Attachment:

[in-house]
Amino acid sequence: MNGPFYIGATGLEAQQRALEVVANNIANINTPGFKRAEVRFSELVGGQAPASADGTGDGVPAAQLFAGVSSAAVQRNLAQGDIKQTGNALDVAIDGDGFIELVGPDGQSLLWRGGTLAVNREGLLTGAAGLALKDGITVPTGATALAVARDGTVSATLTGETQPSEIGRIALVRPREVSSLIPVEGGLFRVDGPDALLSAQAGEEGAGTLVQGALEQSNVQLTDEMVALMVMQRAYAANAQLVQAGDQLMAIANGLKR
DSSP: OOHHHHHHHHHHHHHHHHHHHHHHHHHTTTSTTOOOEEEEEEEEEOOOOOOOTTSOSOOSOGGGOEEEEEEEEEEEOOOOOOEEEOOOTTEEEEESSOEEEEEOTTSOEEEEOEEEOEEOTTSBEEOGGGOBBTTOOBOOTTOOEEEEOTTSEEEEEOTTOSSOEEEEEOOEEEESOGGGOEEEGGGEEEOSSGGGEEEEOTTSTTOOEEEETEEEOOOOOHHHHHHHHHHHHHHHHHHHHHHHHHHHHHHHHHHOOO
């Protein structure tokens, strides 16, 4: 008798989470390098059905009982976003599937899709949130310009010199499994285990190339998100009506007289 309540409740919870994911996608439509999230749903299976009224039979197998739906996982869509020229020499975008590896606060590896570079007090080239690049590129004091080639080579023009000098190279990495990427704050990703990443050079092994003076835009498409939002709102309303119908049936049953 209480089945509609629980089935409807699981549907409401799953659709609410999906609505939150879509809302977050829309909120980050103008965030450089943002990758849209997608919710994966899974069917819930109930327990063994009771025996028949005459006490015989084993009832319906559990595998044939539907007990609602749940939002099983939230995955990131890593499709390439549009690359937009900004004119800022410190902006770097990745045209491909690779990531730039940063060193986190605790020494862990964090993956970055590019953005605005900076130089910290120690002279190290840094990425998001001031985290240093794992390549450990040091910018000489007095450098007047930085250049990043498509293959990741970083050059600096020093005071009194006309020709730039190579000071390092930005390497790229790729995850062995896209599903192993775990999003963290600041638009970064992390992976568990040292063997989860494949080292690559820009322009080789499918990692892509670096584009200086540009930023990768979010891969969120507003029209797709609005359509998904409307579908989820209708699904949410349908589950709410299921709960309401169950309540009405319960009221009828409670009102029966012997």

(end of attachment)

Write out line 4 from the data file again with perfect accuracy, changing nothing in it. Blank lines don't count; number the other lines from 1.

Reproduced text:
């Protein structure tokens, strides 16, 4: 008798989470390098059905009982976003599937899709949130310009010199499994285990190339998100009506007289 309540409740919870994911996608439509999230749903299976009224039979197998739906996982869509020229020499975008590896606060590896570079007090080239690049590129004091080639080579023009000098190279990495990427704050990703990443050079092994003076835009498409939002709102309303119908049936049953 209480089945509609629980089935409807699981549907409401799953659709609410999906609505939150879509809302977050829309909120980050103008965030450089943002990758849209997608919710994966899974069917819930109930327990063994009771025996028949005459006490015989084993009832319906559990595998044939539907007990609602749940939002099983939230995955990131890593499709390439549009690359937009900004004119800022410190902006770097990745045209491909690779990531730039940063060193986190605790020494862990964090993956970055590019953005605005900076130089910290120690002279190290840094990425998001001031985290240093794992390549450990040091910018000489007095450098007047930085250049990043498509293959990741970083050059600096020093005071009194006309020709730039190579000071390092930005390497790229790729995850062995896209599903192993775990999003963290600041638009970064992390992976568990040292063997989860494949080292690559820009322009080789499918990692892509670096584009200086540009930023990768979010891969969120507003029209797709609005359509998904409307579908989820209708699904949410349908589950709410299921709960309401169950309540009405319960009221009828409670009102029966012997």